Preservation Issues

AT&T Building One Step Closer to Designation


-AT&T Building at 550 Madison Avenue


-Philip Johnson holding a model of the AT&T building for Time Magazine

UPDATE: June 2018

New York’s most prominent post-modern building is one step closer to landmark designation. The Conservancy joined with the owners of 550 Madison Avenue (former AT&T Headquarters Building), architects, preservationists, and elected officials to support the designation at a Landmarks Preservation Commission (LPC) hearing on June 19. Over 30 speakers voiced support for the designation, with none opposed.

Philip Johnson’s design for the Midtown tower broke away from decades of unadorned glass-clad modernism, shocking the architectural community of the late 1970s. Johnson’s scheme recalled the classical form of a column, with a delineated base, shaft, and capital. His use of granite, and the Chippendale-inspired broken pediment at the roof signaled the arrival of post-modernism in New York. Over the last three decades, the tower has become an icon of the City skyline.

Plans, revealed late last year, to install an undulating glass façade at the base triggered a call for landmark designation to protect the storied tower. At the hearing, the owners dismissed the earlier proposal, but asked the LPC to consider their intention to create a public garden at the site of an annex and covered walkway. The annex and walkway were part of public space that AT&T, the original owners, promised in exchange for zoning bonuses.

At the end of the two-hour hearing, the Commissioners did not ask questions or take a vote, but will likely make a decision later in the summer.

Read Our Testimony
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UPDATE: January 2018
AT&T Building Gets Additional Support

Advocates for preserving Philip Johnson’s iconic AT&T Building gained additional support this past week when the New York State Historic Preservation Office (NYSHPO) determined that the former AT&T Headquarters Building at 550 Madison Avenue meets the criteria for listing on the National Register of Historic Places. The determination noted: “Postmodernism is an important chapter in American architecture and the AT&T Building contributes to this legacy.” This eligibility evaluation resulted from a request made by the Conservancy and is the first step to listing on the National Registers, underscoring the national importance of this significant structure.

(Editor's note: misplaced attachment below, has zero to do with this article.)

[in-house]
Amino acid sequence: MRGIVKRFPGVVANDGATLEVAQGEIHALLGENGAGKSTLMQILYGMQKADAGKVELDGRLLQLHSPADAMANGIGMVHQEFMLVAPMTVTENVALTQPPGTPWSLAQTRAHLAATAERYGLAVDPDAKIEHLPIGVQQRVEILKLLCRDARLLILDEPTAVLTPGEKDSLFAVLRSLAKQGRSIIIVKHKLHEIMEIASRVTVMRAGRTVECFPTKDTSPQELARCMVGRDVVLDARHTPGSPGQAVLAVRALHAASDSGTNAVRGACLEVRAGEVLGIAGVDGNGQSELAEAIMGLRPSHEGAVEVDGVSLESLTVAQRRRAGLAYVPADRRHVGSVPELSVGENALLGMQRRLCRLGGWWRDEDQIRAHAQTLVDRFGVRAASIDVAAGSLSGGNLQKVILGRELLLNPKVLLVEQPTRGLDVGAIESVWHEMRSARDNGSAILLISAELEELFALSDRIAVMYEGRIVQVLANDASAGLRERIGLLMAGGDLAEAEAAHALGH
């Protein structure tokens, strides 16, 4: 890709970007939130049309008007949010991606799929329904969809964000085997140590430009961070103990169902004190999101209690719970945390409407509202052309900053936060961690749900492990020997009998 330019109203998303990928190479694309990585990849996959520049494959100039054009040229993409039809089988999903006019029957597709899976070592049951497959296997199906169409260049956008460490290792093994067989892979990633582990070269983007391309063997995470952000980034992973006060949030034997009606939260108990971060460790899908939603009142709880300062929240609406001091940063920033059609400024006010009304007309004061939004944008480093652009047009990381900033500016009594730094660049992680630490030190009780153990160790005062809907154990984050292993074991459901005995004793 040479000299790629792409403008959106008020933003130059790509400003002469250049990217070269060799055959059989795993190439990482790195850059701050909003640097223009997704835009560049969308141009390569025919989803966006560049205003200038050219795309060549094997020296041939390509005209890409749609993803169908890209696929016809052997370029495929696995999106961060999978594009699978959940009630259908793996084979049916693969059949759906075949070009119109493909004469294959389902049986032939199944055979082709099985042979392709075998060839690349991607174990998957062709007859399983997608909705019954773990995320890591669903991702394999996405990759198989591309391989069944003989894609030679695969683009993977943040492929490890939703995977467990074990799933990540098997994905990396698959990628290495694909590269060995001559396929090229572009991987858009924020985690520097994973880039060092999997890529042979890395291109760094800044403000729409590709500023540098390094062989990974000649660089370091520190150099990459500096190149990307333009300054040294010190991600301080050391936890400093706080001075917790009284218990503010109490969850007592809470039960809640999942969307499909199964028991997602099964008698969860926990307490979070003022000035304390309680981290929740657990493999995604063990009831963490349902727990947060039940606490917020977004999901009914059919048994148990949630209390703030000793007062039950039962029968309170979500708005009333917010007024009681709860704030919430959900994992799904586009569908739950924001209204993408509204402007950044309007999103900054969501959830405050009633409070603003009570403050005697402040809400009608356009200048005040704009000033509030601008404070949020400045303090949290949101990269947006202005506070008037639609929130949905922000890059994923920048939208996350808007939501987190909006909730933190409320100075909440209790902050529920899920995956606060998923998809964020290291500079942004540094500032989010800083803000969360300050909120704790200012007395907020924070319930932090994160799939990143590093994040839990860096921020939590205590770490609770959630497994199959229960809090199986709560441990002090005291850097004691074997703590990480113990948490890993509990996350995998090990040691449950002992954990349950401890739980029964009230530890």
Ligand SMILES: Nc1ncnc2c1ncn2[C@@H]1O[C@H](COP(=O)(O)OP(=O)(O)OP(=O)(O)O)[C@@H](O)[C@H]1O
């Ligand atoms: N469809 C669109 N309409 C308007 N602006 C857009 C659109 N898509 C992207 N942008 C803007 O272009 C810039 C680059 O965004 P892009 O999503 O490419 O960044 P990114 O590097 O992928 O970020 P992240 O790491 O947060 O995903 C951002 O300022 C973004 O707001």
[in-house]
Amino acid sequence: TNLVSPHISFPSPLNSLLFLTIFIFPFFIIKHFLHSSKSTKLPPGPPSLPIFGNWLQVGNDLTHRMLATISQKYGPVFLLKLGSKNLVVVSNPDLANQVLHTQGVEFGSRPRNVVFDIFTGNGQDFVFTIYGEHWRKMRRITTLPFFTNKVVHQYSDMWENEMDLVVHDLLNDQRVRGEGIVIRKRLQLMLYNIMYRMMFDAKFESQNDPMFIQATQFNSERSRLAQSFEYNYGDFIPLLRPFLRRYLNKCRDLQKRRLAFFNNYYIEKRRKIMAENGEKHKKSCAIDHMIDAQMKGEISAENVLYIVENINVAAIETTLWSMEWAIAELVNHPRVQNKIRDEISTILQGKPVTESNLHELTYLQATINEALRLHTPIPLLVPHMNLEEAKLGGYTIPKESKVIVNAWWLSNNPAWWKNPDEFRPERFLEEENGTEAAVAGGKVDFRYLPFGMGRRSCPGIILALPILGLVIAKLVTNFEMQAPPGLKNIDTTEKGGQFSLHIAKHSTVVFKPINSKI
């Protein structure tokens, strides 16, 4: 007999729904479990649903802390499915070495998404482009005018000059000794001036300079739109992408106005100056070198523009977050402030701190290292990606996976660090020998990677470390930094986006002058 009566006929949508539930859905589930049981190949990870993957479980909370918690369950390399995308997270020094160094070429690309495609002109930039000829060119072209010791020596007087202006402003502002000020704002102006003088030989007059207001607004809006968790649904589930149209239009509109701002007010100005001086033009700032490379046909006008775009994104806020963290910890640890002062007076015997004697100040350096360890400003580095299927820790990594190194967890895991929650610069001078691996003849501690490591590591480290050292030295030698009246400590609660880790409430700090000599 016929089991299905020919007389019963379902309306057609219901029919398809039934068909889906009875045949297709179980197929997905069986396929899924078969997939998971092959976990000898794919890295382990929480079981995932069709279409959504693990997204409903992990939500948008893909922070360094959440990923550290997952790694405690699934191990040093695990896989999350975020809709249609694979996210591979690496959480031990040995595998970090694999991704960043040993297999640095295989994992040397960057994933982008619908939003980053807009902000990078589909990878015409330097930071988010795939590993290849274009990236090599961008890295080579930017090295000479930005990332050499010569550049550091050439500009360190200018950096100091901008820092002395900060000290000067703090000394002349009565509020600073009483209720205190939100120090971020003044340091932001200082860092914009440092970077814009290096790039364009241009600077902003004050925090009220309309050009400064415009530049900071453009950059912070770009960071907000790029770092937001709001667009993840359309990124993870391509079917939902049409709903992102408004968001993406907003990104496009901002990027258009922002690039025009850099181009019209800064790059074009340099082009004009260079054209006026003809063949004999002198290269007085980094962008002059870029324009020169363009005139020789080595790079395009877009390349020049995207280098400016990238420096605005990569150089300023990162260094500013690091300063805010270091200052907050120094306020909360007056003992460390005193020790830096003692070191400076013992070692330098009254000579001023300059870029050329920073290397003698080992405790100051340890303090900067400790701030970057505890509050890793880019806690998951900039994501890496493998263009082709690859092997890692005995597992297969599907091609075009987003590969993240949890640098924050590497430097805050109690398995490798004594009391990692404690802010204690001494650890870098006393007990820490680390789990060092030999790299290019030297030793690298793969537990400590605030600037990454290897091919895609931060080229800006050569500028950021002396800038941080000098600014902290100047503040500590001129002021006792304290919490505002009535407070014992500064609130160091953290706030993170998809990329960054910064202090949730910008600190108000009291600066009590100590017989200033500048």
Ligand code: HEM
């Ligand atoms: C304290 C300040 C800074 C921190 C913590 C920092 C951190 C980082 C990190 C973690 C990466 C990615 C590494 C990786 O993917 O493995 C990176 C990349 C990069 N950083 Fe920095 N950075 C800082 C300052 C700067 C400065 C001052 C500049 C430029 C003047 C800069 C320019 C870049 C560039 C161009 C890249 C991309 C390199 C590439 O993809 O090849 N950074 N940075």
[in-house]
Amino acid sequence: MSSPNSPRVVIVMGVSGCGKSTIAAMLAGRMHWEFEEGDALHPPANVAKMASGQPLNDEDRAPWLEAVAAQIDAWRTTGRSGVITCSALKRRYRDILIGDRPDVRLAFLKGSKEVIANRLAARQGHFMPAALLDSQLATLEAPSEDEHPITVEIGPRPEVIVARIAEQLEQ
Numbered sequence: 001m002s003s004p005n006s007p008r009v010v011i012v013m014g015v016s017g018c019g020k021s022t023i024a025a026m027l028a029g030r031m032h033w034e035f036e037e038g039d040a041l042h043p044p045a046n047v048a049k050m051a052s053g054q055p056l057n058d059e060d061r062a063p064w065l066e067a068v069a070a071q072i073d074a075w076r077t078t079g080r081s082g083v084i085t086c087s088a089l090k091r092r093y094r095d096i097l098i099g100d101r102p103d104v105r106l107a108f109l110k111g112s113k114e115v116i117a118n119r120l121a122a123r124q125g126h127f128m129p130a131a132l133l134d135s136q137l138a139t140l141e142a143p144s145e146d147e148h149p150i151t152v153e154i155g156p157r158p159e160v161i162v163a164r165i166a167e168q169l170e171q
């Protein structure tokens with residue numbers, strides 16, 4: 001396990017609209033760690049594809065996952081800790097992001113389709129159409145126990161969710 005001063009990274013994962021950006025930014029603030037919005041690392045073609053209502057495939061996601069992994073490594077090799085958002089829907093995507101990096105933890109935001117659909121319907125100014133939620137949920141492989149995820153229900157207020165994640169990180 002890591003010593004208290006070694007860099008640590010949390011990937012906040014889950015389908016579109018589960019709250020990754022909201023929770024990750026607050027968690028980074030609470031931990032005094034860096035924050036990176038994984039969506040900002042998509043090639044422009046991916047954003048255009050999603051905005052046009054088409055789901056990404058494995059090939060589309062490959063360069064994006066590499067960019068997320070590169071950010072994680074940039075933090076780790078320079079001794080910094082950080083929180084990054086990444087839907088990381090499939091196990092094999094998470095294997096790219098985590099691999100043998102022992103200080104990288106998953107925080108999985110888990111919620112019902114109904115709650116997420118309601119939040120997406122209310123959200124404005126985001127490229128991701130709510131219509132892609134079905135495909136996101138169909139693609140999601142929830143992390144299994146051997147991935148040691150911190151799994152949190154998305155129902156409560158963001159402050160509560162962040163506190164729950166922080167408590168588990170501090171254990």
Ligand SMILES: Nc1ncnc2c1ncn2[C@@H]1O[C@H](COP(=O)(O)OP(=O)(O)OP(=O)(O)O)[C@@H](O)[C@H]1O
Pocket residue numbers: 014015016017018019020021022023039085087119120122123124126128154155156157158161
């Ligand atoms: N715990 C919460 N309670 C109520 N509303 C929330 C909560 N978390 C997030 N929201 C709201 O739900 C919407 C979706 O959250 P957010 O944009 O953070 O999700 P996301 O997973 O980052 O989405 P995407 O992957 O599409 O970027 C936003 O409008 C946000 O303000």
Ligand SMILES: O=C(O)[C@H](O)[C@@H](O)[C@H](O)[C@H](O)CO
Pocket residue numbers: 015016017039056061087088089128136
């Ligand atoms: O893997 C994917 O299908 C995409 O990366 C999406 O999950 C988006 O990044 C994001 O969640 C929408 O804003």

Following efforts led by Robert A.M. Stern, the Conservancy and others, the New York City Landmarks Preservation Commission (LPC) has calendared the AT&T Building for individual landmark designation which will be bolstered by the NYSHPO determination of eligibility.
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November 2017
LPC Calendars Philip Johnson’s AT&T Building

The Landmarks Preservation Commission (LPC) calendared Philip Johnson’s famous AT&T Building on Madison Avenue after the Conservancy and other preservationists demanded quick action to save the building from drastic changes proposed for its exterior.

In a November 6 letter to LPC Chair Meenakshi Srinivasan, the Conservancy noted that the building “is one of the first and best known symbols of the post-modern movement and is the only major example in the City.” (read full letter) Architect Robert A.M. Stern helped galvanize opposition to the proposed changes and demand for preserving the building.

Johnson and his partner John Burgee designed the building in 1978. It was completed in 1984. The classicist design, known for its “Chippendale” top, was a rebuke to the stark functionalism of modernist orthodoxy. It was all the more startling because Johnson was a seminal figure in modernism and had promoted the work of Le Corbusier and Mies van der Rohe.

The current owners, Olayan America, proposed replacing the lower portion of the rose-gray granite exterior with a glass curtain wall to highlight the ground floor retail area. Architectural critics have praised the “power” of the original design, with the granite extending to the ground. The re-design proposal by Snohetta would also take down a back annex and create a public garden.

The building’s 660-foot tower, surmounted by its distinctive broken pediment, and entered through a spectacular seven-story arch, was at a cutting edge of architectural theory and design. It earned Johnson a Time Magazine cover picturing the architect holding a model of the building. It also generated controversy from modernist architects who denounced the building as “an outrage.”

The Conservancy feels that landmark designation would allow the LPC to guide any future alterations to the building while protecting the integrity of Johnson’s design.